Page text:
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Concession Services Inc.: Diversified Food and Beverage Distribution
The story of Concession Services Inc. (CSI) started when Paul Rosenbaum brought his family to the United States in 1939. “My family emigrated here from Czechoslovakia,” says Edith Leonian, Paul’s daughter and the current president of CSI. Paul founded the company with his brother, Max, only a few short years after arriving in the country. “My uncle Max was already here,” explains Edith, addressing the company’s inception. “He and my father were in the business of putting penny scales in New York subway stations.”
The ambitious Rosenbaum brothers soon decided that they could find success by expanding into the vending business. Paul and Max could not obtain licensing for their beverage machines in New York, so the family moved to Chicago to set up shop. “They started by putting Coke machines into various movie theaters and that part of the business just kept expanding,” says Edith.
CSI had grown into the dominant concessions company in the area in the 1950s. The business ran concessions at several regional theater chains and the brothers – who worked harmoniously as co-owners – had made some major innovations to the business, including the design and manufacturing of multiple drink and fresh-brewed coffee machines.
Following in her father’s footsteps, Edith became CEO in 1989. “My mother owned it, but she really had no business experience or any interest,” explains Edith. “We still wanted to maintain the company, so I took over. I started here part time and eventually I was just here more and more.”
Edith’s background is in partnership with her husband – Phillip Leonian, a photographer – as his agent and producer. Photography may seem unrelated to the business, but Edith surprised herself. “Until I got into CSI, I never realized how much I had learned about all kinds of things,” says Edith. “People don’t realize how much they’re actually revealing when you’re taking pictures.”
When national chains started buying out movie theaters, many chose to run their own concession stands. “We still serve about 150 independent theaters,” explains Edith. However, the business model has changed significantly since the buyouts. “We no longer have a large presence in theater concessions,” she says. “Those national chains deal with national companies, and we don’t have the capacity to serve businesses with locations outside our four-state territory.”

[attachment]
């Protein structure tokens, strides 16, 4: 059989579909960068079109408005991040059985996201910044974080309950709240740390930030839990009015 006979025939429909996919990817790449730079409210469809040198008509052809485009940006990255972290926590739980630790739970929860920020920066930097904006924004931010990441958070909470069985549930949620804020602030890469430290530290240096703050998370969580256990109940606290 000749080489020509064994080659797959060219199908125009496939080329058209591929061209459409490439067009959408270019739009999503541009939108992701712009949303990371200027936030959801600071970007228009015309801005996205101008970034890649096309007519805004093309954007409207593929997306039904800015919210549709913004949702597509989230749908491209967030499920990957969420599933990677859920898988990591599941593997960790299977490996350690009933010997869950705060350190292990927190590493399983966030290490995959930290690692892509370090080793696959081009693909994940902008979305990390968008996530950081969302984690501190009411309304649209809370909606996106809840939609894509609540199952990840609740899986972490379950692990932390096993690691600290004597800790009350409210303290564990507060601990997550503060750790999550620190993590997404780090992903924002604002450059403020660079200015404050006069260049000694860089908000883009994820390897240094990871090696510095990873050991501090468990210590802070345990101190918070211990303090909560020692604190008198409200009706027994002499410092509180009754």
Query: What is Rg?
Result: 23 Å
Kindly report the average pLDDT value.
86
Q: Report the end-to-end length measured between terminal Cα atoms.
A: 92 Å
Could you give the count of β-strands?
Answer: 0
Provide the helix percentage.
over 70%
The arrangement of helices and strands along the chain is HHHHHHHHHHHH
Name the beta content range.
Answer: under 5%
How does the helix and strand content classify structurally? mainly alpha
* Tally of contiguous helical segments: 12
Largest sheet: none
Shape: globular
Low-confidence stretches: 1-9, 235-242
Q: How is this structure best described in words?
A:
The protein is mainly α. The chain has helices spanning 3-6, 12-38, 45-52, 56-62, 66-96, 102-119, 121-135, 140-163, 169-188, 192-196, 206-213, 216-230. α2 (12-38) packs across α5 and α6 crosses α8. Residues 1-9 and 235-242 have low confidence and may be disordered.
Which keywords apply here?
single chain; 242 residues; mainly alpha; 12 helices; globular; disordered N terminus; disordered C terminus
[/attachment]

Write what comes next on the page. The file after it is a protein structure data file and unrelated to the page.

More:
CSI has since moved into the wholesale industry, and no longer operates concession stands. “When my father passed away, we found that some of our employees who had been with the company since the ’40s had no pension,” says Edith. “We couldn’t just liquidate. We switched that part of the business from retail to wholesale.”
Today CSI supplies companies with meals, snacks and beverages alike. “Vending operators make up a majority of our business,” elaborates Edith. “We also do hospitals and schools. We have a good relationship with visually impaired vendors who operate concessions in office buildings and rest stops through various state programs.”
CSI introduced the first online ordering system in the vending industry in the 1990s, which has remained fundamentally unchanged. “Online ordering has become essential in this business,” says Edith. “But we still have the simplest system.” The Internet catalog is set up as one big order form, broken down into six categories – snacks, candy, food, beverage, supplies and food service – with respective subcategories for easy navigation. “We have to cast a wide net because we’re focused on a niche market with niche merchandise,” explains Edith, referring to the catalog’s hundreds of entries.
Luckily for Edith and the CSI team, the vending market is expanding and is no longer limited to bottled sodas and single-serving bags of chips. New innovations in hot and cold food and beverage have allowed a major expansion of the range of foods available. “More people have cold machines than they used to,” says Edith. “We have everything from sandwiches to tacos to whole meals. That part of the business has really grown over the last five years as machines have advanced.” Many vendor operators have expanded into office coffee service, allowing CSI’s large selection of work place brews to grow popular over the last few years. Edith says, “It’s really taken off.”
Most of Edith’s clients are independent operators. They generally don’t order enough of a single brand at a time to buy direct from suppliers at a decent price, nor can they afford the time and labor costs to receive multiple deliveries. CSI works between manufacturers and vending operators distributing and consolidating orders to bring customers a wide variety of products at a more reasonable price. The company’s focus has always been to serve the customer efficiently and fairly, which keeps independent clients happy and in business. National chains simply cannot compete with CSI’s level of service, a fact that Edith’s customers constantly confirm.
Just like her father, Edith maintains a deep commitment to her employees and her customers. “Service is really our focus,” she says. “We grow by growing with our customers.” According to Edith, the key is communication, especially listening to the praise and concerns of clients. “It’s important for us that we stay in touch,” elaborates Edith. “We track our mistakes, we fix them immediately, and we try to prevent them from happening again. We’re picking up new customers all the time because we maintain that level of service.” Edith’s insistence on keeping a high level of consideration for the businesses, employees and clients has kept Concession Services Inc. steadily growing.